receiving your Rail Dogs you may need to use a wrench to loosen the
bolt. Loosen the bolt about one turn and then slide the bolt head into
the groove on the bottom of the rail. Make sure the lip on the Rail Dog
is sitting inside the groove on the guide rail. Do this with both dogs.
Decide which holes on the table top you wish to use (try to use holes
that are slightly farther apart than the length of board being cut) and
slide the dogs to that distance and install the guide rail onto the
table. Allow the guide rail to sit flat on the bare table top and reach
underneath the table to hand tighten the Rail Dogs. No need to go
beyond hand tight and it is not recommended go beyond hand tight
because it may damage the rail.
If your Rail Dogs fit the holes with a little bit of slop (such as when
you have a newer table top that has 20.15 mm holes), push or “squeeze”
the Rail Dogs towards each other before tightening. This will make the
Dogs “center” to the sides of the holes and reduce the amount of slop.
Think of it like 2 bolts, 1/4 inch diameter. If you center the bolts in
the 20 mm holes, you will have lots of slop. If you push the bolts
towards each other until they hit the edges of the holes, most of the
slop will disappear since the bolts will center to the edges of the
holes. Testing on my newer MFT table with the dogs separated the full
length of the table, I measured slop at less than 1/128 of an inch.
You can now slowly raise the rail by pushing up on the dogs from
underneath the table or by grasping the guide rail close to where the
dogs are installed. Slide you work piece underneath the guide rail,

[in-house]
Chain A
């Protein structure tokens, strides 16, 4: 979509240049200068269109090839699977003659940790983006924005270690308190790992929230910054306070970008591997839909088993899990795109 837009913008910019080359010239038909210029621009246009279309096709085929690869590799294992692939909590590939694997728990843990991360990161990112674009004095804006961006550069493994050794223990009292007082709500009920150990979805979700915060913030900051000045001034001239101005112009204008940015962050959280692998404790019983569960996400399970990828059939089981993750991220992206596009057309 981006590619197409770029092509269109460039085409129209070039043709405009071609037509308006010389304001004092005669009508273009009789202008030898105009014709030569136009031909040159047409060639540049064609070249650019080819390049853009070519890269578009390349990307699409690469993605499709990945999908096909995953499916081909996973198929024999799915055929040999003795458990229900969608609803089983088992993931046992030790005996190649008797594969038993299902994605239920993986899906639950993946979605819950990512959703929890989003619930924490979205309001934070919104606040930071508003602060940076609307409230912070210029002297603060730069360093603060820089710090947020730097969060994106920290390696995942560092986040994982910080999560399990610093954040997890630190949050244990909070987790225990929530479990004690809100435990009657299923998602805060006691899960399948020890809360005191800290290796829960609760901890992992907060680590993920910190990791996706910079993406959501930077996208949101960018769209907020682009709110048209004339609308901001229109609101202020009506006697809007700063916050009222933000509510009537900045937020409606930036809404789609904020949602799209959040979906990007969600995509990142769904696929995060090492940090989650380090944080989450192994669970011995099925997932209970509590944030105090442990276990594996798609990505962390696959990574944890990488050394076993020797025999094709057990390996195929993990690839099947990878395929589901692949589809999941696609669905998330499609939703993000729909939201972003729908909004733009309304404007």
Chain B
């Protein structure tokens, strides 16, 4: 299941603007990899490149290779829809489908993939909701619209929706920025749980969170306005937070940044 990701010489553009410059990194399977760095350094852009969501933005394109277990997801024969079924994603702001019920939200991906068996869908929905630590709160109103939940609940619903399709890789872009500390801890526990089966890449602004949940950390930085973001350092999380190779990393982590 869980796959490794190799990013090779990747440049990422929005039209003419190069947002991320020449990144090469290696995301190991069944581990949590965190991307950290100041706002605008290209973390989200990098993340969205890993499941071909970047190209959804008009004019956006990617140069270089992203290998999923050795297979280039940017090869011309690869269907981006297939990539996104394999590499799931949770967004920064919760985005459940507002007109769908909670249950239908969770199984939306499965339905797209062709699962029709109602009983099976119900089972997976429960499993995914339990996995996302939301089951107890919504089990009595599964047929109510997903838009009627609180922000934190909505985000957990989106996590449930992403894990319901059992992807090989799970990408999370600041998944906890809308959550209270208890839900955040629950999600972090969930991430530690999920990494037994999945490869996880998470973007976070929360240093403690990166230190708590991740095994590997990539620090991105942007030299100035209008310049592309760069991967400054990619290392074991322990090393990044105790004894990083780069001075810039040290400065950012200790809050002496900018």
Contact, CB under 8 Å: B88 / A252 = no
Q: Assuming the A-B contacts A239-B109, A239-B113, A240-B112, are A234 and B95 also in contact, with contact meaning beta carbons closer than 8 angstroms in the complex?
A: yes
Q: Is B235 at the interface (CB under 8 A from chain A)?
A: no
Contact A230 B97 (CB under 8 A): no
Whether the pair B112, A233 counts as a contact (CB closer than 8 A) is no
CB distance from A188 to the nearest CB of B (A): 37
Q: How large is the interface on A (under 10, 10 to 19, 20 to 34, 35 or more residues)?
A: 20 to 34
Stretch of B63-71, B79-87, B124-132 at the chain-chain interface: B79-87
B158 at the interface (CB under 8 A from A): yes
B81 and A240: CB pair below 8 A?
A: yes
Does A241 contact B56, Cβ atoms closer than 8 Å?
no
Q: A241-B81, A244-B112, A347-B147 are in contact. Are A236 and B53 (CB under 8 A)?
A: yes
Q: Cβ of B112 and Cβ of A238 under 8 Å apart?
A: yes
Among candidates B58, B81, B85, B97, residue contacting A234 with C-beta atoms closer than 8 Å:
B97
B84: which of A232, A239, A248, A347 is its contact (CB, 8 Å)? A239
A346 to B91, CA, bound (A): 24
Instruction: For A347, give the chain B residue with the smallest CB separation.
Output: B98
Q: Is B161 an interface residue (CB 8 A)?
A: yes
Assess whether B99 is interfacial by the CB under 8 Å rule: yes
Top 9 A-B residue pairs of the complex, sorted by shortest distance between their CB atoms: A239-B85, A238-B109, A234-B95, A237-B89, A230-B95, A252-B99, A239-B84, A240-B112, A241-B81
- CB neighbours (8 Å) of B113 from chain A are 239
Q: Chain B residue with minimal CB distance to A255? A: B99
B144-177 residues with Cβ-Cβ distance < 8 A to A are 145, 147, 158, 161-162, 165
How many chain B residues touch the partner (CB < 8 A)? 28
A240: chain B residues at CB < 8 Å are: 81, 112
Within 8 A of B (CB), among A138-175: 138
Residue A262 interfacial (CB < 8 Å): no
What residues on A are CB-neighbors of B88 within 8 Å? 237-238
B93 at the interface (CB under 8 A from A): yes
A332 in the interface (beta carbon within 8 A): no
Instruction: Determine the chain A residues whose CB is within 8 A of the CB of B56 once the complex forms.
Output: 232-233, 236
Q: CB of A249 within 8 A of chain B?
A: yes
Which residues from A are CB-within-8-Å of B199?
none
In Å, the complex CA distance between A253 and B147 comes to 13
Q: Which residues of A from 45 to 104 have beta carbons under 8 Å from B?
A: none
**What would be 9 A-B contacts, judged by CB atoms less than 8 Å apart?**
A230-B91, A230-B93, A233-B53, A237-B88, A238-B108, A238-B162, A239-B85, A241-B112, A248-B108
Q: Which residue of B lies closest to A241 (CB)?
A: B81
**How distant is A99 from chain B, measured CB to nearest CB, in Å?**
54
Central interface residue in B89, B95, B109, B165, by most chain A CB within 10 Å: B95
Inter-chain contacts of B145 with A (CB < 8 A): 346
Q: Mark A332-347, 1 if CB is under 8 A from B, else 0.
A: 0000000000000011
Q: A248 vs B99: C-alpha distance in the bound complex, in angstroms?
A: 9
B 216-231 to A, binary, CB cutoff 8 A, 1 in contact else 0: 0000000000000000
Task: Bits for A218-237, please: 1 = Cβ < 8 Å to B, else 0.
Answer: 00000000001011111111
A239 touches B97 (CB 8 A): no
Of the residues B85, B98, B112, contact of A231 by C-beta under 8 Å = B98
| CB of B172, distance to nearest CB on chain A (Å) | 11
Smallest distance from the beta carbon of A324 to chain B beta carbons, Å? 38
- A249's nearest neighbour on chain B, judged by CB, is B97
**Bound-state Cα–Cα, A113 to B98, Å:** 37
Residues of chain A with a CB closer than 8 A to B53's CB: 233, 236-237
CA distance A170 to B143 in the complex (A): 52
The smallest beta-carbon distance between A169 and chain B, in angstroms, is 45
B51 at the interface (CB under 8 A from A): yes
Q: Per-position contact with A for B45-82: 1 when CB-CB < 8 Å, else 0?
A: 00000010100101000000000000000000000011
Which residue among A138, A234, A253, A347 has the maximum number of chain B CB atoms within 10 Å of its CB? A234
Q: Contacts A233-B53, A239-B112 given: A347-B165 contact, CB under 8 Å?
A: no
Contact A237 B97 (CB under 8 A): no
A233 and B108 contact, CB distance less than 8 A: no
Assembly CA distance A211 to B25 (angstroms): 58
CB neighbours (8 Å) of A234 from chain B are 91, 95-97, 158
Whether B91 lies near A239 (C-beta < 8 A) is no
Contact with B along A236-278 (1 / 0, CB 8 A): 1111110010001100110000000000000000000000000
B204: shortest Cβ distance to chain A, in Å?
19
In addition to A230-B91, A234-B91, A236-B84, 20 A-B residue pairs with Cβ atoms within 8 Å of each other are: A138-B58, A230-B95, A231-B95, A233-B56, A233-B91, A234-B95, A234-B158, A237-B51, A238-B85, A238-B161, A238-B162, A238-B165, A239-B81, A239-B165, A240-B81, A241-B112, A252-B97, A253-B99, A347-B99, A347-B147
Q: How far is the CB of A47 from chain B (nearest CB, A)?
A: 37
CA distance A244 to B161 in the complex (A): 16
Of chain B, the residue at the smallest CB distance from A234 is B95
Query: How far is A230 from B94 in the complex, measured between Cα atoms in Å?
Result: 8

align the work piece and lower the guide rail onto it. Make your cut
and you are done.
It may help on shorter widths of cuts to install some scrap pieces of
the same thickness as the workpiece under the extreme ends of the guide
rail to avoid any bowing or tipping of the guide rail and making
deep cuts into your table top.
While testing I realized the Rail Dogs depend on using the holes in the
table top. This reduces the maximum cutting lengths significantly (less
than 22 inches). What is needed are 20 mm holes on the outside of the
table, holes in the air. I started with some 2x2 lumber and cut 2
pieces to the same length as the width of the guide rail. Next is to
add the Rail Dog hole. I went with 3/4 inch hole and sanded it to 20 mm
which can take a couple minutes to sand. A 20 mm drill would speed
things up. You can actually drill a 13/16 hole and it will work fine.
If you turn the hole into an open slot, the rail can swing up. I
drilled 2 holes for 5/16 inch T Slot bolts to mount the block on the
MFT side profile. I'm using 2 bolts to keep the 2x2 parallel with the
rail. You could get away with using only 1 bolt.
problem with the 2x2 blocks are they sit much lower than the table top.
utilize the Rail Dogs, I need something sitting flush with the table
I experimented with one 4x4 block. The Rail Dog only needs 1/2 - 1 inch
of wood to seat good, so I cut off the rest of the block under the Rail
Dog hole. Next, my T slot bolts weren't long enough to fit through a
4x4 block, so I cut out for that. With the 4x4 extra depth, I can mount
it flush to the table top. With one block and using my original 2x2
Hole Extension on the rear, I increased cutting capacity to 33 1/2
inches. Using two of these 4x4 blocks should easily bring it up to 36
inches or 54 inches on the long side of the table.
Here you can
see the Rail Dog
installed on the
Here you get a
side view of the
set up before
cutting a 2x4.
underneath of the
of the MFT table
where you can
see the Rail Dog
It is easier to
tighten or move
the Rail Dogs by
grabbing it here.
Here is a setup
getting ready to
cut 3/4 inch
You can see I
still have my MFT
Guide rail installed
and I’m using a
Closer view of last picture.
You can see the (polished aluminum) Qwas Dogs being used to align the